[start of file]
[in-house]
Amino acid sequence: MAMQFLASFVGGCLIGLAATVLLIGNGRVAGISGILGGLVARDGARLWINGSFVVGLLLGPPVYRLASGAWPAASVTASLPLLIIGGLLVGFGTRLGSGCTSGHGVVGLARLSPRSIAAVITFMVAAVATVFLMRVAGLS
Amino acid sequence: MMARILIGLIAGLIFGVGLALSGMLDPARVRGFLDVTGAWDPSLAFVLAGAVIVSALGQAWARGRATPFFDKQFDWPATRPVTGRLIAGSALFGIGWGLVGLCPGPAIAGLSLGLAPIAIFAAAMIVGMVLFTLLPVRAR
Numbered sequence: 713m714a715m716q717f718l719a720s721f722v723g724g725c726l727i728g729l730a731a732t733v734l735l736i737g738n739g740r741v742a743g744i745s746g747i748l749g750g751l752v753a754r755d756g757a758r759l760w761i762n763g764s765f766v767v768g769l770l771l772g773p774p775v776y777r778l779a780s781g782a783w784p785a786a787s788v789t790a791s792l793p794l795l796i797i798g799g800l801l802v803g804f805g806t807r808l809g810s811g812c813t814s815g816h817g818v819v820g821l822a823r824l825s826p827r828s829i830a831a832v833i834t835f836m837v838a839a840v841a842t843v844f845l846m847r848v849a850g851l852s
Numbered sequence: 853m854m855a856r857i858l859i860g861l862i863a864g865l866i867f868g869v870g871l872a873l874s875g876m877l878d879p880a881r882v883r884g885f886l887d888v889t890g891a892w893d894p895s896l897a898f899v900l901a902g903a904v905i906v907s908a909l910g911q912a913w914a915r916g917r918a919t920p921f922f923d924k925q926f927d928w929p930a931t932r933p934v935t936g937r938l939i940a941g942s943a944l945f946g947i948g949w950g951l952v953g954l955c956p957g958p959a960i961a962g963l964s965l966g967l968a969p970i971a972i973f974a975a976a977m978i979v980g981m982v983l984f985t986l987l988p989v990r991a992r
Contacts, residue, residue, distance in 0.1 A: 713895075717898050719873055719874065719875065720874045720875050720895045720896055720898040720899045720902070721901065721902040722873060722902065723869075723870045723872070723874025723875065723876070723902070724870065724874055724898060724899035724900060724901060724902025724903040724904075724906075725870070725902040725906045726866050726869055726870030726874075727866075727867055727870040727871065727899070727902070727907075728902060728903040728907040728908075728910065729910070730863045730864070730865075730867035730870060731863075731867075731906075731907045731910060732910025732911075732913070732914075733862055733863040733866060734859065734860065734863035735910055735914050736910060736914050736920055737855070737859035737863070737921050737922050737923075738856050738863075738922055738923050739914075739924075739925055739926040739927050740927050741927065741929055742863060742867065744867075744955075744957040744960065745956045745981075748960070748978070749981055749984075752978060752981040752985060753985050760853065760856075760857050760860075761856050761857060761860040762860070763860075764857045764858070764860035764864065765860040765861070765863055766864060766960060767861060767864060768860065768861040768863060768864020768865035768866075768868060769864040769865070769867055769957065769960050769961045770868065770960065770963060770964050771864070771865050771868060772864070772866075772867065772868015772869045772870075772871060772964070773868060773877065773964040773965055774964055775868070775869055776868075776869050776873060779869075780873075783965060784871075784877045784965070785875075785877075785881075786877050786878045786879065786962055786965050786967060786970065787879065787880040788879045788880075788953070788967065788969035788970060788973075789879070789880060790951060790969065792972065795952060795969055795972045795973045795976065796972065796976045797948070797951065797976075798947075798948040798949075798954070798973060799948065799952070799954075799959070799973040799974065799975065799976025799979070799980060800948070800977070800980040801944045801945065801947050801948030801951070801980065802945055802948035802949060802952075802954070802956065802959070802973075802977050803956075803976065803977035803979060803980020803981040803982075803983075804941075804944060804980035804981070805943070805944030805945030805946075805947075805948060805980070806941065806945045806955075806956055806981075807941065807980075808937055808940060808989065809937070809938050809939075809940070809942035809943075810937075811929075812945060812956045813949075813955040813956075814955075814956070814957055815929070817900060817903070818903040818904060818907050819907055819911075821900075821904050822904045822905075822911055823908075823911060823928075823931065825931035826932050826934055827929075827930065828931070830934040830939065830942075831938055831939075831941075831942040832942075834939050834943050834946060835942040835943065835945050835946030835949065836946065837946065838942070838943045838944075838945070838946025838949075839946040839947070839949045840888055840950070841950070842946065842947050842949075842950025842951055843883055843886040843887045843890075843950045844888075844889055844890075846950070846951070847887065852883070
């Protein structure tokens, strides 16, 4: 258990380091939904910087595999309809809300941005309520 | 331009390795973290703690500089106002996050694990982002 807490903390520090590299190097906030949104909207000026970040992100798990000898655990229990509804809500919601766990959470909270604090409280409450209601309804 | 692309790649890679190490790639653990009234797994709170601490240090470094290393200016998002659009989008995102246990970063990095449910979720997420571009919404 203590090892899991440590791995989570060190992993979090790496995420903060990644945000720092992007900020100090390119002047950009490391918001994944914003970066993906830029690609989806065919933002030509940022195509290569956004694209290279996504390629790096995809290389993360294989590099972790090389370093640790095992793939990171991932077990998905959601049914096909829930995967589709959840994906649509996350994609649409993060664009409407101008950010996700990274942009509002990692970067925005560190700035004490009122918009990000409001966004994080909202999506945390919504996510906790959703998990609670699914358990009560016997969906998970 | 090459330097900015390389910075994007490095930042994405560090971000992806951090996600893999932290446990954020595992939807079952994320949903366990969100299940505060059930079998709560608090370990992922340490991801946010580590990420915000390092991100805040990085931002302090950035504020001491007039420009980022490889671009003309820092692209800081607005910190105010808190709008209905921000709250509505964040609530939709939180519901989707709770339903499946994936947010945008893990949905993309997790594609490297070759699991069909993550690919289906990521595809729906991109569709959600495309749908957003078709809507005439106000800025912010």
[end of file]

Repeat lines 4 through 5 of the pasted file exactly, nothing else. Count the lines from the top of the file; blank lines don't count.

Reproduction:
Numbered sequence: 713m714a715m716q717f718l719a720s721f722v723g724g725c726l727i728g729l730a731a732t733v734l735l736i737g738n739g740r741v742a743g744i745s746g747i748l749g750g751l752v753a754r755d756g757a758r759l760w761i762n763g764s765f766v767v768g769l770l771l772g773p774p775v776y777r778l779a780s781g782a783w784p785a786a787s788v789t790a791s792l793p794l795l796i797i798g799g800l801l802v803g804f805g806t807r808l809g810s811g812c813t814s815g816h817g818v819v820g821l822a823r824l825s826p827r828s829i830a831a832v833i834t835f836m837v838a839a840v841a842t843v844f845l846m847r848v849a850g851l852s
Numbered sequence: 853m854m855a856r857i858l859i860g861l862i863a864g865l866i867f868g869v870g871l872a873l874s875g876m877l878d879p880a881r882v883r884g885f886l887d888v889t890g891a892w893d894p895s896l897a898f899v900l901a902g903a904v905i906v907s908a909l910g911q912a913w914a915r916g917r918a919t920p921f922f923d924k925q926f927d928w929p930a931t932r933p934v935t936g937r938l939i940a941g942s943a944l945f946g947i948g949w950g951l952v953g954l955c956p957g958p959a960i961a962g963l964s965l966g967l968a969p970i971a972i973f974a975a976a977m978i979v980g981m982v983l984f985t986l987l988p989v990r991a992r